The Albatros D.V was an attempt to lighten the Alb. D.III layout. The fuselage was given an oval cross-section. The wings profile is identical to the D.III but had aileron cables routed through the upper wing to shrouded actuating cranks. The motor was the 170 hp Merc. D IIIa In the first three months of operation the Alb.D.V was plagued with several fatal crashes due to the unmodified wings being matched with what turned out to be a heavier airframe overall. The quick fix was to add bracing wires and a small auxiliary strut to the lower front leg of the “Vee” struts. The real fix didn’t come appreciably until the lower wing spar was itself strengthened at the factory level.
Manfred von Richthofen
had specific methods for his daily operations within the command of his Jagdstaffel (Jasta) and his Geschwader (Fighter Wing). For his aircraft the special marking "red" areas were a progression that often took several days or weeks. This depended on man power and his specific orders for a specific machine. As commander he always seemed to have a primary & a reserve machine at hand.
Though he did not restrict his flights to just these. Every day several machines were on the "ready line" from each unit. And heaven help the ground crew assigned to a machine that MvR crawled into and would not start. If you could not do your job there were always plenty of slots that needed filling in the trenches.
Profile 1, represents the markings employed Albatros D.V 1177/17 in June 1917 as flown by Ritt. Manfred von Richthofen when he first became commander of JG I in the late spring and early summer months of 1917.
Profile 2, represents the markings employed Albatros D.V 2059/17, 18 - 20 August 1917 ( displayed at the "Kaiser Truppenshau") as flown by Ritt. Manfred von Richthofen after returning to duty from his hospitalization for his severe head wound.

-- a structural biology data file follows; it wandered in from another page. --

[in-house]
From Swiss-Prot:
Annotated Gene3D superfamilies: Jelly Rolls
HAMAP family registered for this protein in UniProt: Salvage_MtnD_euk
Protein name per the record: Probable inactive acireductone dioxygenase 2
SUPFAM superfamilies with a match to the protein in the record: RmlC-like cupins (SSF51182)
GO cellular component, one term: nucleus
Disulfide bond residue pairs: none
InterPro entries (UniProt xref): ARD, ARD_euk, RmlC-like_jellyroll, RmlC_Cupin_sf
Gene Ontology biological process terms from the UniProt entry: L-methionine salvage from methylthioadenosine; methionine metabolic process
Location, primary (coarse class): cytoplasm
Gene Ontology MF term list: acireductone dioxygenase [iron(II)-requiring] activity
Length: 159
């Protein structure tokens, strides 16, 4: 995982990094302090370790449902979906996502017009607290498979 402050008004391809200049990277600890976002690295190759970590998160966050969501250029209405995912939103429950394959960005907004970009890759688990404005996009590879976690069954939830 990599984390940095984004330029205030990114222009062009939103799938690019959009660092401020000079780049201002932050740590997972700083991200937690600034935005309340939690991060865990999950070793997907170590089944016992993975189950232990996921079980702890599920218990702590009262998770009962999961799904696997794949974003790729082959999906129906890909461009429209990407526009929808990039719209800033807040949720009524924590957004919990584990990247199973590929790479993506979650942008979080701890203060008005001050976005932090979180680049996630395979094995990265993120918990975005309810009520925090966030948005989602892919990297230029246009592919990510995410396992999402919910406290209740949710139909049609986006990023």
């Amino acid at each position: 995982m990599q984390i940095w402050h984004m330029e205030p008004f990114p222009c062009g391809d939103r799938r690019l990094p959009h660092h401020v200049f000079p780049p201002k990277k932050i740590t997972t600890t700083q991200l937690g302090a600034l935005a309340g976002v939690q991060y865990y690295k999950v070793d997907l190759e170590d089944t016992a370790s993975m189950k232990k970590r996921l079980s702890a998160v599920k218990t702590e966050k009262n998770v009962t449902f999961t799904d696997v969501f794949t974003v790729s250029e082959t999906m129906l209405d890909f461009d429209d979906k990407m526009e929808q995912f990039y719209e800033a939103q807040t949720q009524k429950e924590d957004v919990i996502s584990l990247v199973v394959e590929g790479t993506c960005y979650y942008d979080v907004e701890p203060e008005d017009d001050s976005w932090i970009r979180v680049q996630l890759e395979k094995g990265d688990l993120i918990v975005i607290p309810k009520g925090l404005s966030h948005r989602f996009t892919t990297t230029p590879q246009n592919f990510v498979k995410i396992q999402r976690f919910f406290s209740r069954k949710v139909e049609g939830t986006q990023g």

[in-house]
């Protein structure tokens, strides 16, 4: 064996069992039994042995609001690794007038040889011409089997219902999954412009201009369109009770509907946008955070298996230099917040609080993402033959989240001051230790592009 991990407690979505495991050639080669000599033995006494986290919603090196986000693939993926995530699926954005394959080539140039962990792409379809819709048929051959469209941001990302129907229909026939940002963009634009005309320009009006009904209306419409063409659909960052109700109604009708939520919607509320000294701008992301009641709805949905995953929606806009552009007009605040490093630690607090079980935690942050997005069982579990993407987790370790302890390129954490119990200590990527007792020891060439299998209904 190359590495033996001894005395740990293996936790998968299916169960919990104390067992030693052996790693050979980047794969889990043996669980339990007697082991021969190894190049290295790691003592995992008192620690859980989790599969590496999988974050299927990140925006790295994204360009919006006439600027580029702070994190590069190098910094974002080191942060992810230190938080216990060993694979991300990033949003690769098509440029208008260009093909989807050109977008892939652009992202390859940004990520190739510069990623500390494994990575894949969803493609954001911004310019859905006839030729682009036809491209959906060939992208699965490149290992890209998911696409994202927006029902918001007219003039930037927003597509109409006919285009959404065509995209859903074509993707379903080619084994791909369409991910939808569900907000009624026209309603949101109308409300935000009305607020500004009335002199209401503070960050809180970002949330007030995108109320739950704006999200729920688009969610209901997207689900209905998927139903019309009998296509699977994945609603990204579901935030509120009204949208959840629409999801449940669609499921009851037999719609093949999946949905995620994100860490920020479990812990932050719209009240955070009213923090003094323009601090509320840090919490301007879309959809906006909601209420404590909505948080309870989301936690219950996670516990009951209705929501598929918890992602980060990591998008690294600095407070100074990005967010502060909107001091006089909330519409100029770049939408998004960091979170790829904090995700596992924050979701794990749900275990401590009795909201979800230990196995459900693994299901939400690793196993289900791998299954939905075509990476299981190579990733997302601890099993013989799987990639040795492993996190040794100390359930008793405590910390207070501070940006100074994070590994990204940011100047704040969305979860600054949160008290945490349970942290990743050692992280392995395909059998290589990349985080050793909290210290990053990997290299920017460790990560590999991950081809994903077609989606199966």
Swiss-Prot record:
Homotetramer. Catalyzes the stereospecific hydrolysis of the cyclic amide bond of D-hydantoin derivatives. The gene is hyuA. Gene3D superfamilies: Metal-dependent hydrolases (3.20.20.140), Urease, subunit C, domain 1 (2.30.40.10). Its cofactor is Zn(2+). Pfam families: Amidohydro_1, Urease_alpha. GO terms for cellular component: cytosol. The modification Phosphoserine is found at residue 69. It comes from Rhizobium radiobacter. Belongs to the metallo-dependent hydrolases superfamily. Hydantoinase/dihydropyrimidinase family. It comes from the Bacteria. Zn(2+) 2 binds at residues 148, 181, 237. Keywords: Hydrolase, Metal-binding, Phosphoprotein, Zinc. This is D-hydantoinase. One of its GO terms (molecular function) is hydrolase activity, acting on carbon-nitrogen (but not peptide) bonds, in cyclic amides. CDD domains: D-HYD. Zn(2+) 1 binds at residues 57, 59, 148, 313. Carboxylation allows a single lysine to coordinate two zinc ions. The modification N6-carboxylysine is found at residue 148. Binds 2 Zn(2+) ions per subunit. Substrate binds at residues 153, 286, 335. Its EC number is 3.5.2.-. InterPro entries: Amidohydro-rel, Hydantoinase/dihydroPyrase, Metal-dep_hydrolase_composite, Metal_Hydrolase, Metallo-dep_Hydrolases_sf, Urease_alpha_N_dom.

Profile 3, represents the markings employed on an early production Albatros D.V serial unknown, flown by Ritt. Manfred von Richthofen when he received a severe head wound on 6 July 1917. It was his reserve machine.
These popular profiles have shown up individually in many past issues of 1:48 Eduard Alb. D.V kits and in many aftermarket decal sheets. (But most of these sheets are OOP).
The aircraft, Myths and Accomplishments of Manfred von Richthofen by J. Miller. ISBN 978-0-9555977-3-2.
Albatros Aces #33 by Greg VanWyngarden, Osprey pub. 2000.
Aircraft of the Aces #77 by Greg VanWyngarden 2007.
Albatros D.V/Va, War Horse of the Luftstreitkrafte by S.T. Lawson, SAM Pub. Model Aircraft Monthly, Vol 1 #2 , Pp.54-59.2002
Albatros D.V/Va, Part II, The Spoils of War by S.T. Lawson.
Albatros Scouts Described by Chas Schaedel, 1971 Kookaburra Tech. Pub.
Albatros Fighters Datafile Special by Ray Rimell, 1991 Albatros Pub. Ltd.
Albatros D.V by Peter Gray, 1965 Profile Pub.#9.
Albatros D.V & D.Va Described and Drawn by Ian Stair,1972 Scale Models.
Albatros D.Va German Fighter of WWI by Robert Mikesh, Smithsonian Inst. Press.
Lafayette Foundation Archive. Denver CO. USA.
Scratchbuilding Techniques by Alan Clark, 1990 Scale Models Int. Pp174-5.
Scratchbuilt Albatros D.Va by Alan Clark,1990 Scale Models Int. Pp.491-495.
'The Last Albatros' by Colin Owers 1988 Aviation News Pp.216-221.
SE 5a vs Albatros D.V, Western Front 1917-18 by j. Guttman, Osprey Pub. 2013.
When contacting manufacturers and publishers PLEASE mention you saw this review at AEROSCALE
About Stephen T. Lawson (JackFlash) FROM: COLORADO, UNITED STATES
I was building Off topic jet age kits at the age of 7. I remember building my first WWI kit way back in 1964-5 at the age of 8-9. Hundreds of 1/72 scale Revell and Airfix kits later my eyes started to change and I wanted to do more detail. With the advent of DML / Dragon and Eduard I sold off my ...